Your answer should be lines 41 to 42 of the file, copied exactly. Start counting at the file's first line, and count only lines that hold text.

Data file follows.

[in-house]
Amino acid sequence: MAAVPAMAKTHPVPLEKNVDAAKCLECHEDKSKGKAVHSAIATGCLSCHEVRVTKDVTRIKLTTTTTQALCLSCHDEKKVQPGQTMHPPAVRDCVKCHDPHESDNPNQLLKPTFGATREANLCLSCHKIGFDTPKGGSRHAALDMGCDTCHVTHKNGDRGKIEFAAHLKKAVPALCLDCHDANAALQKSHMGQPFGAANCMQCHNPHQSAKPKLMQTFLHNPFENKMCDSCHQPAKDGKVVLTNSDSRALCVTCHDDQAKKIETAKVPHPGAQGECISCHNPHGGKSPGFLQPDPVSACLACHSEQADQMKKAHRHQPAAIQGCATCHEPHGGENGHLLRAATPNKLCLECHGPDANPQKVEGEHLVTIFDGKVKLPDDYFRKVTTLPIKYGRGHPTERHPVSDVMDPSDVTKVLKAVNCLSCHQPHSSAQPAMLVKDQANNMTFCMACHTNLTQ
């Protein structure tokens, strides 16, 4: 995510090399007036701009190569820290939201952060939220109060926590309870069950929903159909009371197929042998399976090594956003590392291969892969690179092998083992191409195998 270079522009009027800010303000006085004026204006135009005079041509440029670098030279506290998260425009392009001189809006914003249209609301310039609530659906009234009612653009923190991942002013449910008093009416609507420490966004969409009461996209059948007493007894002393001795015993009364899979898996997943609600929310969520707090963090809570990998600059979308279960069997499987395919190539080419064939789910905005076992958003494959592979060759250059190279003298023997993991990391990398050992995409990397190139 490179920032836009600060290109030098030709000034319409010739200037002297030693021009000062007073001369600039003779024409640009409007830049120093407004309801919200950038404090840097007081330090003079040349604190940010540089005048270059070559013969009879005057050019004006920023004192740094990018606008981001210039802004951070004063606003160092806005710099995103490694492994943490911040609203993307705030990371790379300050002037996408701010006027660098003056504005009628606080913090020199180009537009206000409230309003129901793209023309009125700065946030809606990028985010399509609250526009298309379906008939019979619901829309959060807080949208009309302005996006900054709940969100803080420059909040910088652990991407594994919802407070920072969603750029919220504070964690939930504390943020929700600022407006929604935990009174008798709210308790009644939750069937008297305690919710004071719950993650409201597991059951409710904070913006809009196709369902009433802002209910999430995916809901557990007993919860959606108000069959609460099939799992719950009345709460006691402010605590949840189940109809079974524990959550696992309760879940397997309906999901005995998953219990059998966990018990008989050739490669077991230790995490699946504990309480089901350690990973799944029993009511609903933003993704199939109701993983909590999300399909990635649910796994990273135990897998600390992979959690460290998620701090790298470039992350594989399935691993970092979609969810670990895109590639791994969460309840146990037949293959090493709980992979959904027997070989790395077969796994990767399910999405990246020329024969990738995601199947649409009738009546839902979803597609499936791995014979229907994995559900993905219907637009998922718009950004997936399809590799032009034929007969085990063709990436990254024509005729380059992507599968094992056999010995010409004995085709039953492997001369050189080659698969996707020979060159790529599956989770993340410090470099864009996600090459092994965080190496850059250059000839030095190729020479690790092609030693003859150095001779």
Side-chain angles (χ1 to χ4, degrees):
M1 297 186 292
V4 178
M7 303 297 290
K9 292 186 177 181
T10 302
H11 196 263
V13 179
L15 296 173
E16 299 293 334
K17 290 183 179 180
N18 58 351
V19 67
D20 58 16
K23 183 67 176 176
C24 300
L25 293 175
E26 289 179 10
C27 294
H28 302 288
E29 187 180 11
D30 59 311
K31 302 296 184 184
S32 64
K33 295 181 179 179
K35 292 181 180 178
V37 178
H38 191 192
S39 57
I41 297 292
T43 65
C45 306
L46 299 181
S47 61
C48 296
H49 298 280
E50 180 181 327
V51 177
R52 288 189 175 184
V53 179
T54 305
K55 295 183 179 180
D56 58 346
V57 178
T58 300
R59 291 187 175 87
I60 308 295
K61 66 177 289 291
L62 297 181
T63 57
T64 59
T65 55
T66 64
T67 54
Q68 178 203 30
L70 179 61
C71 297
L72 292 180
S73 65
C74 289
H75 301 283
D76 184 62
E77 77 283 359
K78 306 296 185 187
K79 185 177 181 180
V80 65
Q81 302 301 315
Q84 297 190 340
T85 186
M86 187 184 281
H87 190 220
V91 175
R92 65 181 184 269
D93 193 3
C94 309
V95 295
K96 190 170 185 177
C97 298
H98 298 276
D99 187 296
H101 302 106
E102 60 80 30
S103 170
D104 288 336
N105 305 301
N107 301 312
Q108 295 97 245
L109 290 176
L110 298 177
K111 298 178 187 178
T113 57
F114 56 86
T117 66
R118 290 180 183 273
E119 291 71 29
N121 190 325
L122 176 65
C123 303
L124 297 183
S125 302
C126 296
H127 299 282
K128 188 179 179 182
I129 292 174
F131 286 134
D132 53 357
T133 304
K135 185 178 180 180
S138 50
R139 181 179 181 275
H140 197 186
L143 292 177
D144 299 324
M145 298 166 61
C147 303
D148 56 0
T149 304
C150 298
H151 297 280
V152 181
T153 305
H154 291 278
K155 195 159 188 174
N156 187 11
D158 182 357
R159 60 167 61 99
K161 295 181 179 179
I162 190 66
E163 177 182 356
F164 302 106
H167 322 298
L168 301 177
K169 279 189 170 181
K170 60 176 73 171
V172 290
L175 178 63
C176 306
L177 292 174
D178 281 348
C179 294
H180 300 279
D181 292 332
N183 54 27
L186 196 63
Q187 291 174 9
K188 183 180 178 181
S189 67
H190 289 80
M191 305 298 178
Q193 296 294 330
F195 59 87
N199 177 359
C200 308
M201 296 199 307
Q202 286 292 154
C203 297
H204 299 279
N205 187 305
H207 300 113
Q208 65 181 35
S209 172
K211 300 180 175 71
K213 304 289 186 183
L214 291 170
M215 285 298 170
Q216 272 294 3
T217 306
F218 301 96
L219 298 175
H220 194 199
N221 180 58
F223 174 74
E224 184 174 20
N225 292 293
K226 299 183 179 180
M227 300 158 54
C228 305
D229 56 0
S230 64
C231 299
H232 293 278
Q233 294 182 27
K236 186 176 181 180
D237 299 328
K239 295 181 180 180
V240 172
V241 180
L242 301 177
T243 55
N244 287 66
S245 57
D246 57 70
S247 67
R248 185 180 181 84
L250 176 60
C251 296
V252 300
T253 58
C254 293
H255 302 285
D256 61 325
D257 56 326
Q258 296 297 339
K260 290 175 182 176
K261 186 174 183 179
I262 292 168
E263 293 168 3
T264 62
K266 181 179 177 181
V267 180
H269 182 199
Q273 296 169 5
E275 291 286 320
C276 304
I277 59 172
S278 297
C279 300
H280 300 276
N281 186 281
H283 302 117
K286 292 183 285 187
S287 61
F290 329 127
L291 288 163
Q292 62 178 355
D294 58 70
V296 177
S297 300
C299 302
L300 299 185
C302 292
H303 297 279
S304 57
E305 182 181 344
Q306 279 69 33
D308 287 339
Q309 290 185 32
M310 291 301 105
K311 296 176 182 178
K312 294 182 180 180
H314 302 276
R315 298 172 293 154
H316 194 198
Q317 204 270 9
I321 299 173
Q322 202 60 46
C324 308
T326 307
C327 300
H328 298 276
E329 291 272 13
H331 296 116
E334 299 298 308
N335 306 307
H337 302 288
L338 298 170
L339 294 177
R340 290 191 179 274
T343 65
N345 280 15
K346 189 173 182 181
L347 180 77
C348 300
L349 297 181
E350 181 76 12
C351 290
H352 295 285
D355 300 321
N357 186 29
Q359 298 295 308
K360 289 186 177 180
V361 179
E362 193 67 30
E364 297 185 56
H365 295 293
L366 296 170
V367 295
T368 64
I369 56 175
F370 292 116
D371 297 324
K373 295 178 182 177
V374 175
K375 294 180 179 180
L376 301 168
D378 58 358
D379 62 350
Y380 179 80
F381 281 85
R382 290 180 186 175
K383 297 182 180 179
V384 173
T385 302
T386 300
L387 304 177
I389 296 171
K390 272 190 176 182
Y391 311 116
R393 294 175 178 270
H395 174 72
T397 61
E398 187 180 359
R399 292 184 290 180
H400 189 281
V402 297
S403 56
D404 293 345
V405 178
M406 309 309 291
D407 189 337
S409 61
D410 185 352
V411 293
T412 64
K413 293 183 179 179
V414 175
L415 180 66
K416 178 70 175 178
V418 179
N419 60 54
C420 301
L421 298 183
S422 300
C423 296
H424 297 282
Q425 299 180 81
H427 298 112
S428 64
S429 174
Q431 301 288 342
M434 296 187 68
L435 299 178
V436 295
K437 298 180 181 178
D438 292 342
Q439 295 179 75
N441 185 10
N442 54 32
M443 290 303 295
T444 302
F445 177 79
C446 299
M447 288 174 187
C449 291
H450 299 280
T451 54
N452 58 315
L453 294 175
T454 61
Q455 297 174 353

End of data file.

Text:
V51 177
R52 288 189 175 184